In most other aspects of the driving experience, these two models are closely aligned. Although we do think that Kia maintains a slight edge in steering and handling—this time not at the expense of road noise. The Optima lineup as a whole is more compliant now, but we think that the SX 2.0T model has one of the best ride-versus-handling balances in its class. Keep in mind that for both the Optima and the Sonata, base models come with an inferior column-mounted EPS system while other trims get a rack-mounted system with better centering, feedback, and precision.
Although these models have somewhat different seating configurations, door cutlines, and such, their interior appointments are also quite similar. Front-seat comfort has improved, and they both now include height-adjustable front passenger seats. Back seats are among the most spacious in their class, by the numbers, although we continue to see these models to be a little tighter in back for taller occupants than the Honda Accord and VW Passat. Trunk space is about the same, and both of these models include split-folding rear seatbacks.
The body structure for these models is essentially all-new, and while the Hyundai Sonata has already earned some impressive crash-test ratings, we’re expecting the same or better from the Optima. Both models offer autonomous emergency braking now, and the system in the Sonata has earned the IIHS “superior” nod for front crash prevention.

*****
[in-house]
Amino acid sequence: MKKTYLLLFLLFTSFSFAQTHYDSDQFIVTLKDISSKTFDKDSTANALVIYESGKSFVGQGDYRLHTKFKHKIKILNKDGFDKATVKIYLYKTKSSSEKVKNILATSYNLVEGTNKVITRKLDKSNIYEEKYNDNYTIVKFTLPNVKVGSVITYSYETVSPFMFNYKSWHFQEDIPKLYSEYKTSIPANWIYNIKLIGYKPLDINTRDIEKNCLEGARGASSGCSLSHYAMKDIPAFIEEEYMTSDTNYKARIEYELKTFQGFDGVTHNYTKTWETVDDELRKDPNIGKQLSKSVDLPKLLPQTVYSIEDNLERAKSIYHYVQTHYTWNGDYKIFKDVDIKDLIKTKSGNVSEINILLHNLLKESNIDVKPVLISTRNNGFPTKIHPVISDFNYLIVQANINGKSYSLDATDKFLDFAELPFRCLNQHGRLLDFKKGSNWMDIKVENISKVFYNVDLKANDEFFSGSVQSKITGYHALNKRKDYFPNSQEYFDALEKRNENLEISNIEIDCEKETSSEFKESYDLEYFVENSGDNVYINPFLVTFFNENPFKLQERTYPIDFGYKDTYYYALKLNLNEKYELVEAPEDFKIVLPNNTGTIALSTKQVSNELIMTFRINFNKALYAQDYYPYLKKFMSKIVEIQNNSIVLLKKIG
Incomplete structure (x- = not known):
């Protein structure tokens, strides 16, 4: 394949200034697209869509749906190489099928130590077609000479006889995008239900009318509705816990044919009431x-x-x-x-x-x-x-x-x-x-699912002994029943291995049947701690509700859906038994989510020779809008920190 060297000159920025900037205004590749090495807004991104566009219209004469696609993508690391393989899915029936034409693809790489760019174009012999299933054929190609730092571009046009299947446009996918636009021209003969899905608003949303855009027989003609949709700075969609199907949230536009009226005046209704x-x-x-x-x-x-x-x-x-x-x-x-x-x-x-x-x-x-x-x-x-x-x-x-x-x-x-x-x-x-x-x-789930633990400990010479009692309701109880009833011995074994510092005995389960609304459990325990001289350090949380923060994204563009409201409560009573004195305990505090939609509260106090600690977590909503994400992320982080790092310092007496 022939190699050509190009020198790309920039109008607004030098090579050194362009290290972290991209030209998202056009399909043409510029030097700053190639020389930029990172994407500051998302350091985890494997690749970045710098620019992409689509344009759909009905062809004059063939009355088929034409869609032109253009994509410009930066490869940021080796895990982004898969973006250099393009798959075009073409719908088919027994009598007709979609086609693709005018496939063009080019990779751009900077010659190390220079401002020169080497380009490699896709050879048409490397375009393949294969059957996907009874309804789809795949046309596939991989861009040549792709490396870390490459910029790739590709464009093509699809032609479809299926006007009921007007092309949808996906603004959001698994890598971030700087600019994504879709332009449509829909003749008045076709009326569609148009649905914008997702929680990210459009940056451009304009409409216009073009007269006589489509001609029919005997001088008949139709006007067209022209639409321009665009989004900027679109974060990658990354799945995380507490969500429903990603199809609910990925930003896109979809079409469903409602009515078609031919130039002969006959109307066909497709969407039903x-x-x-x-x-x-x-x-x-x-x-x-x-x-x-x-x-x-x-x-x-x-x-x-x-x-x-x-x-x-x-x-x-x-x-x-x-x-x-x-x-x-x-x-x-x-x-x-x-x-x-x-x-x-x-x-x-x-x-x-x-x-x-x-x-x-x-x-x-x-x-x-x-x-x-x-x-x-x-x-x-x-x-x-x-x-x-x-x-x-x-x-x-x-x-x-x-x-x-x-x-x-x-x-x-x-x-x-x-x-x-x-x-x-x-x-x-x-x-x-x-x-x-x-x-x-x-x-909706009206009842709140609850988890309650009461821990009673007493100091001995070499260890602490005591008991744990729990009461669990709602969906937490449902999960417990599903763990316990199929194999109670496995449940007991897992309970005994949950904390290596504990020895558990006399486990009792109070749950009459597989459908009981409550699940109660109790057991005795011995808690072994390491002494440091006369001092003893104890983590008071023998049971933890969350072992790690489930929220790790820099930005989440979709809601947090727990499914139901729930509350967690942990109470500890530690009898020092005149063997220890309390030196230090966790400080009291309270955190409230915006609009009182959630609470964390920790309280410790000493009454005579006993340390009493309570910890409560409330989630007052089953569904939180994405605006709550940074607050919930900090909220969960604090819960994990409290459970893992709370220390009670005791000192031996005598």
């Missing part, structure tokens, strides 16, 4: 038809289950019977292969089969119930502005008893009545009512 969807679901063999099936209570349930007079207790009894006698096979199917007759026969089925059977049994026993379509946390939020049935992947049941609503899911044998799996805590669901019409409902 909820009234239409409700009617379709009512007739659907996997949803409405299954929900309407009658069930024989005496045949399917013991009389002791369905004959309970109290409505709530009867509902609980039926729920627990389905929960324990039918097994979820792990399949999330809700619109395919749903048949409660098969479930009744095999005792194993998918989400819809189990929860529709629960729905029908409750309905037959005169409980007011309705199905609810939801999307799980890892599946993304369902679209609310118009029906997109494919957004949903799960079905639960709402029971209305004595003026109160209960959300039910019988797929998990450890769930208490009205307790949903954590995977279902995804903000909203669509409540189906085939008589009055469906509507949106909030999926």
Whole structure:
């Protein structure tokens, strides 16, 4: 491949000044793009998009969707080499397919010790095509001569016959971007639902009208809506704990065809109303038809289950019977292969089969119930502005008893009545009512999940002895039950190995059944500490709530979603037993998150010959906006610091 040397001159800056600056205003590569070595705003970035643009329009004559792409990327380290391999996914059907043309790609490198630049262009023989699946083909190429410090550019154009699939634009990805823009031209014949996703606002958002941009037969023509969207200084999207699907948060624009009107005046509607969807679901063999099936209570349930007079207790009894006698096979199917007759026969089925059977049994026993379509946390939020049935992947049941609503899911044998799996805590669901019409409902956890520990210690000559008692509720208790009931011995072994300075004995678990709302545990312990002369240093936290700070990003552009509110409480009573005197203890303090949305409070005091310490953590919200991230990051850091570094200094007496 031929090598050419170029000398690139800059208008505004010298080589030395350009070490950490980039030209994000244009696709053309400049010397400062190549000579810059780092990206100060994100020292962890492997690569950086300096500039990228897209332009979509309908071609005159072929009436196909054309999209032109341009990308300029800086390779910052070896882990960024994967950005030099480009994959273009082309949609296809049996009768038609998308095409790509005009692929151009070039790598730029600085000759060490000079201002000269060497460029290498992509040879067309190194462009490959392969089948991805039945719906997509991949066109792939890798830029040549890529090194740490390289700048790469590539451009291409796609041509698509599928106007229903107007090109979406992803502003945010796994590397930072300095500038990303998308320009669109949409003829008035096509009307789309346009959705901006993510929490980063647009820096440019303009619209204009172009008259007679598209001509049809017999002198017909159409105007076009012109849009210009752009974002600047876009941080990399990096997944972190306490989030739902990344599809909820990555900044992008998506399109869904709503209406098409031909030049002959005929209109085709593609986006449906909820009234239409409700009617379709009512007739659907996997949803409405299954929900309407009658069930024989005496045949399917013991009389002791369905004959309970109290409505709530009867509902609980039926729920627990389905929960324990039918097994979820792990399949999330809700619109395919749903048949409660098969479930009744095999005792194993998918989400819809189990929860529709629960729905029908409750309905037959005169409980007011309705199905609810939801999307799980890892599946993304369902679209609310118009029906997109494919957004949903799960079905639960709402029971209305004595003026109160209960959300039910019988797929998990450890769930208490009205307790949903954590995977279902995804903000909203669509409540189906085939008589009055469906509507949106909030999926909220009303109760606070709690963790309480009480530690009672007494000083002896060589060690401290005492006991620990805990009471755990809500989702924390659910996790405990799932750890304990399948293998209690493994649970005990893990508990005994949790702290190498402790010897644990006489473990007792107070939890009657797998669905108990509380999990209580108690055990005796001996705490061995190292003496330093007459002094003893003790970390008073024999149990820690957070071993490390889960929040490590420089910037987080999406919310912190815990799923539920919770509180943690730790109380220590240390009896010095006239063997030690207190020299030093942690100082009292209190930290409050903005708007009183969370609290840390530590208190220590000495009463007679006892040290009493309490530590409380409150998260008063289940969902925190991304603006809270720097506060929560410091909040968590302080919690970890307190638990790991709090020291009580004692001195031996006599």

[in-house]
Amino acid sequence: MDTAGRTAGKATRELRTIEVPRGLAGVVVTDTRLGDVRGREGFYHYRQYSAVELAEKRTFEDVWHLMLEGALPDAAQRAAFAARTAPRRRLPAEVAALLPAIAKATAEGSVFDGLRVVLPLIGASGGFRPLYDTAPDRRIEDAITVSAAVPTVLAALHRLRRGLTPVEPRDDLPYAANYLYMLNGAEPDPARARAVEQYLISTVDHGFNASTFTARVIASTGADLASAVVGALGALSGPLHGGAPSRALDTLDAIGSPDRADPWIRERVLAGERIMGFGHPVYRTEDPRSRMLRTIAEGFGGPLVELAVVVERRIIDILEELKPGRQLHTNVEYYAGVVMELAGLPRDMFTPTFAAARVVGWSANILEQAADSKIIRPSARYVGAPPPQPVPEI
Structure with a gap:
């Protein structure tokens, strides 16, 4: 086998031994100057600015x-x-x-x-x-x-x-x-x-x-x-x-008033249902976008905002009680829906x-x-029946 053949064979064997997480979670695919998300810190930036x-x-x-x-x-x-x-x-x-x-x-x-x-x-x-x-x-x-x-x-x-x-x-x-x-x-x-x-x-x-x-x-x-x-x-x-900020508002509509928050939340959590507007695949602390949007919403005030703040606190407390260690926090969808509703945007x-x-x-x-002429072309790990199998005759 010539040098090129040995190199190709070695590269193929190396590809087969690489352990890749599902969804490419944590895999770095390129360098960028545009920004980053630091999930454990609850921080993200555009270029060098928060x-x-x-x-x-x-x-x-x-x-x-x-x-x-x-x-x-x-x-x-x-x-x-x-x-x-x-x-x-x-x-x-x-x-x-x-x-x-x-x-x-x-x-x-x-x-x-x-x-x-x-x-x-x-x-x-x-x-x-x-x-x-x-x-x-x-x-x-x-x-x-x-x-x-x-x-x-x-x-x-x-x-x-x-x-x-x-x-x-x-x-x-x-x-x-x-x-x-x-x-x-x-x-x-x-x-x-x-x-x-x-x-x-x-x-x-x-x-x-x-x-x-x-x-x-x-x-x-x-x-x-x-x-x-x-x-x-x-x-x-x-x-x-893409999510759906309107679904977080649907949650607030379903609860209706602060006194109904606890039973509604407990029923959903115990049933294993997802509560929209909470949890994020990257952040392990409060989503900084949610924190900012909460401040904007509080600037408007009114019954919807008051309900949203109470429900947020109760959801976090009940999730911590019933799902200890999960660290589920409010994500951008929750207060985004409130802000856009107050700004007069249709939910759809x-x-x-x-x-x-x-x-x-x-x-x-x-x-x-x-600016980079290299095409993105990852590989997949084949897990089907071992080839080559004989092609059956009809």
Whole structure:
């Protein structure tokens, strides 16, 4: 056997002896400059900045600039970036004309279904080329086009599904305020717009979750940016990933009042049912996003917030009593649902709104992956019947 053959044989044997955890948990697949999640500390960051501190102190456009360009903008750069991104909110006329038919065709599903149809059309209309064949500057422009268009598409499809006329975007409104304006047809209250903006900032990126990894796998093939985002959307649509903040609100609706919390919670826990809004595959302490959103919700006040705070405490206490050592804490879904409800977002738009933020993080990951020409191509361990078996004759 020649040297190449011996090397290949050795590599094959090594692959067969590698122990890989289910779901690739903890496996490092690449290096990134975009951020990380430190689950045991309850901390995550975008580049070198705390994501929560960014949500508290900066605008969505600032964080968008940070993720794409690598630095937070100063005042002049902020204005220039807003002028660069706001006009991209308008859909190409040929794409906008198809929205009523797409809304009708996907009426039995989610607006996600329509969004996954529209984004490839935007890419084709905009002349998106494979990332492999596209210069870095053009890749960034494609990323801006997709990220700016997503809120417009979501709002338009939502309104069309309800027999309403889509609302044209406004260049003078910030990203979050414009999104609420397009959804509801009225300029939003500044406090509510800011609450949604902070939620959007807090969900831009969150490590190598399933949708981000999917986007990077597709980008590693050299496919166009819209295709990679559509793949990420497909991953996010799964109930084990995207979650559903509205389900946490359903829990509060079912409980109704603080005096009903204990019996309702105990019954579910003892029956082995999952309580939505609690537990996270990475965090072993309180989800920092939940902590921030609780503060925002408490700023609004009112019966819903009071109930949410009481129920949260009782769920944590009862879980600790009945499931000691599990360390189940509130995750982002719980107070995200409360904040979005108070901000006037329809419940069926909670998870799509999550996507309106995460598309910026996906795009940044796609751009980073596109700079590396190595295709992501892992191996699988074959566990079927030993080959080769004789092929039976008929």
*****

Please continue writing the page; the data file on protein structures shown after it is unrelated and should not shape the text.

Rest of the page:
The area where the Optima pulls ahead—slightly, but just enough to make a difference, as we see it—is with respect to features and value. The Sonata is offered in SE, Sport, and Limited models, while the Optima lineup includes LX, EX, and SX models. In the Optima, you can opt for rear parking sensors, blind-spot detection, and rear cross-traffic alert systems even at the LX and EX level, while even at the EX level you can upgrade to ventilated front seats and heated outboard rear seats—features that aren’t even offered in the top-of-the-line versions of some rivals.
Both of these models now offer both Android Auto and Apple CarPlay, which allow users to connect their smartphones and access apps and other functions through the vehicle interface. We tend to appreciate Kia’s infotainment system just a bit more as it manages to pack in nearly as many features—as well as some additional items like geo-fencing, curfew alerts, and such—without the need for a subscription-based telematics services. .
For now, we’d put the Kia Optima just slightly ahead of the Hyundai Sonata—because we like its steering and suspension tuning slightly better and because its feature set seems to offer just a little bit more for the money, especially near the affordable end of the lineup. Both of these models are better than their game-changing predecessors in nearly every way. Even though they’re a little less distinct this time around, they’re smarter picks than ever before.